January 04, 2017
Maybe your kid (or you ...) received a PlayStation or Xbox as a gift lately. Eager, bordering overexcited, even, you boot it up, ready to play a game or two with friends and family.
Then the install screen hits, and the whole plan is just ruined.
Curious to know why today's console video games all seem to require torturous install times, despite being on a disc, we reached out to Philly's gaming guru, Drexel University's Associate Professor of Digital Media Frank Lee, for an answer.
There's in the ballpark of 80 million people who've jumped on board with either a PS4 or Xbox One. And though new consoles are always pegged as upgrades, one obvious downgrade seems to be that, despite buying discs at retail, you still generally have to go home and install the game -- and then download an update, more often than not. It's not totally unlike buying a PC game. What's the deal with that? Why the need for a game install from the disc when there wasn't a need with previous consoles?
The main reason for this is the tradeoff between cost and speed of the different memories combined with the ever-growing size of the games. Let’s use your PS4 as an example, though the same idea applies to all the consoles, including Xbox One. Basically, there are three types of memories used in PS4: One—internal RAM, which is eight gigabytes. Two—Internal Hard Disk (HD), which is 500 gigabytes. And three -- external game disk (read by an internal Blu-Ray Player), which is 50 gigabytes.
RAM is small in size and fixed at eight gigabytes, but the amount that is available for use is actually much less than that, since the system uses up space. But RAM is the fastest, whereas HD is relatively large in size (from 500GB to 4TB) but relatively slow versus RAM.
But when you compare HD to the Blu-Ray Player, HD is on the order of four to six times faster in read speed than Blu-Ray — 25 megabytes per second versus 160 megabytes per second. Because the games have gotten so large, you cannot load the entire game on RAM, meaning pieces of the game must be swapped in and out of RAM. To keep the wait time to a minimum, most modern games simply install most, if not all, of the game from the game disk onto the HD when you first put it in.
As for large updates on "day one," unfortunately, in order to meet a ship deadline (e.g. before the holidays), some companies haven't done the necessary quality assurance testing, so the games ship with problems of varying severity. To address this, games will often have “day one" updates of varying sizes to address the issues discovered between when they finished the game to when they actually shipped it to the stores. Perhaps the availability and the assumption that everyone has high-speed Internet access make companies more cavalier about these large "day one" updates. Just imagine if we had no Internet … if there was a critical bug in the game, they would have to send out all-new physical copies of the games! Then I’m sure because of the costs involved, games would go through much more thorough testing, like the early cartridge-based consoles.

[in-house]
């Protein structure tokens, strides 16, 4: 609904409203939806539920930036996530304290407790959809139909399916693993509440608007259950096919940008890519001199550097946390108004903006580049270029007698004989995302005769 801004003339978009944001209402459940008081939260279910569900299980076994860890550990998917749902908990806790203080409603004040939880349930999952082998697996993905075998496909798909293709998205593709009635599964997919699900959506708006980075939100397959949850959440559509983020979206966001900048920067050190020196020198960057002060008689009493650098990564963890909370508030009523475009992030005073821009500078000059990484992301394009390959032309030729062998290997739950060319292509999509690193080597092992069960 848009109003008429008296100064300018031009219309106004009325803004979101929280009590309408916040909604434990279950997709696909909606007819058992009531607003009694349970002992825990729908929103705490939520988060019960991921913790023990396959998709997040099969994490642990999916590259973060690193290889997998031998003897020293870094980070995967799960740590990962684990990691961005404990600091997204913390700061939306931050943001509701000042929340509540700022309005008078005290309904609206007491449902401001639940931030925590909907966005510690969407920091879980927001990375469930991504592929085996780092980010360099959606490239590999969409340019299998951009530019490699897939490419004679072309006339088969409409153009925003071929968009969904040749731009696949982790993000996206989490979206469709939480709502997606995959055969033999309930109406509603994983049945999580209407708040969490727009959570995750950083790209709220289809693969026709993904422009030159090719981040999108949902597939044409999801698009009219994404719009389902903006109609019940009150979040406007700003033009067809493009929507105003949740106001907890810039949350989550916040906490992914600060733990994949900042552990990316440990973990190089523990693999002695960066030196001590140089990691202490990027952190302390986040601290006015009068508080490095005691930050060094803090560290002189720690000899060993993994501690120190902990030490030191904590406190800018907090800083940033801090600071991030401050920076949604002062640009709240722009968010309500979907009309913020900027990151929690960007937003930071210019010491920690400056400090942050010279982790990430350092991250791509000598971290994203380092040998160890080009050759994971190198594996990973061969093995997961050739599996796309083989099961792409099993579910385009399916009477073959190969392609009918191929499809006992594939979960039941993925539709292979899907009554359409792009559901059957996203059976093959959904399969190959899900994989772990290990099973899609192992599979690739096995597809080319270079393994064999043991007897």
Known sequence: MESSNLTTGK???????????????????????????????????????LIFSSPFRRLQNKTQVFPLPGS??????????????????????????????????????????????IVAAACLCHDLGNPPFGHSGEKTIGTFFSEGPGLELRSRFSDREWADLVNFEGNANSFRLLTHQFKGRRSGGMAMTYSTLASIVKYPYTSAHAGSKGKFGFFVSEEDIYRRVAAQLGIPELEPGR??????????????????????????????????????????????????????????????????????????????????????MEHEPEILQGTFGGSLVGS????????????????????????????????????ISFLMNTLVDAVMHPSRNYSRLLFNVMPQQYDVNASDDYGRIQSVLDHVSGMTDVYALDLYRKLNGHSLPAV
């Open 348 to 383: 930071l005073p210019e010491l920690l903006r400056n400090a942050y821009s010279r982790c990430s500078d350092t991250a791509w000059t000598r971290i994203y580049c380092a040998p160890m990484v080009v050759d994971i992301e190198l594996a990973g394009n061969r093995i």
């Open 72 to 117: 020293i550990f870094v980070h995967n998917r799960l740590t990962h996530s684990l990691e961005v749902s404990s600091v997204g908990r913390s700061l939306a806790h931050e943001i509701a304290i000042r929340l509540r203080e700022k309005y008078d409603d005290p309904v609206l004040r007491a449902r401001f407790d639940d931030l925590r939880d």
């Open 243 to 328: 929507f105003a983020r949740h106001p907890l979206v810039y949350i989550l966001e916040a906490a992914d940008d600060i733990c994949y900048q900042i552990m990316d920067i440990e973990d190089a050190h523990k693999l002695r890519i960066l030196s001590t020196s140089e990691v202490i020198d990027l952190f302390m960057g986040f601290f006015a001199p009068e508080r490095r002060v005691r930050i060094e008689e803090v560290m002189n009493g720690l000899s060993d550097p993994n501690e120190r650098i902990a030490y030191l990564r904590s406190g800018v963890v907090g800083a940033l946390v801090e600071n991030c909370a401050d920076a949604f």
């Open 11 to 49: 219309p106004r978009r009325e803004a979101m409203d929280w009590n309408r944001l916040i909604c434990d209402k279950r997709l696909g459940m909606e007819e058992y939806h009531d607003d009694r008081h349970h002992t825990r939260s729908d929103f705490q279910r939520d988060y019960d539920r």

What's it actually installing? Because you still need the disc to play.
These days, it’s installing the entire game to the Hard Disk. Requiring the game disc to play is -- for the most part -- for copyright protection.
Why so many updates? Have game developers just become real perfectionists these days?
The updates are there to fix bugs in the game. There are more updates now because games have become larger and more complex. Keep in mind, the original PlayStation games came on CDs with the capacity of 600 megabytes; PS4 games on Blu-Ray discs have the capacity of 50 gigabytes, or about 100 times larger, meaning there is a lot more room for bugs in the software.
Do you think game discs will stick around for awhile? What's the argument for keeping them, at this point? They don't seem to do much except feed Gamestop's profit margins (used games and all).
The argument is that 50 gigabytes is still a massive-size file to download on an average Internet connection in the U.S. (~ 50 to 100 Mbps, or roughly six to eight megabytes per second). Even at those speeds, downloading 50 gigabytes would take about one to two hours. While I don’t know what the psychological threshold or “reasonable" wait time for something like this is, I think it would be on the order of minutes, not hours. So, if the speed to download the entire thing comes down to minutes, then I think disks would no longer make sense. But that is the future and the shift is already happening right now toward downloadable games with the rise of [the online merchant] Steam for the PC, as well [as] many games that are available both as a downloadable and as a physical disk on current consoles.
What do you make of Nintendo reportedly going back to cartridges with the Switch? Will that eliminate the game installs we see with the other consoles?
Switch is designed more like a mobile game machine than a console. As far as I know, the official specs have not been released, but my guess is it won’t rely on large HD volume and instead have fixed flash memory, meaning it will have much smaller internal storage. Switch feels like less than a console but more than a Gameboy. I don’t think they are trying to complete with consoles, but rather define a new market like they did with the Wii. I’m skeptical, but then again you can never count Nintendo out.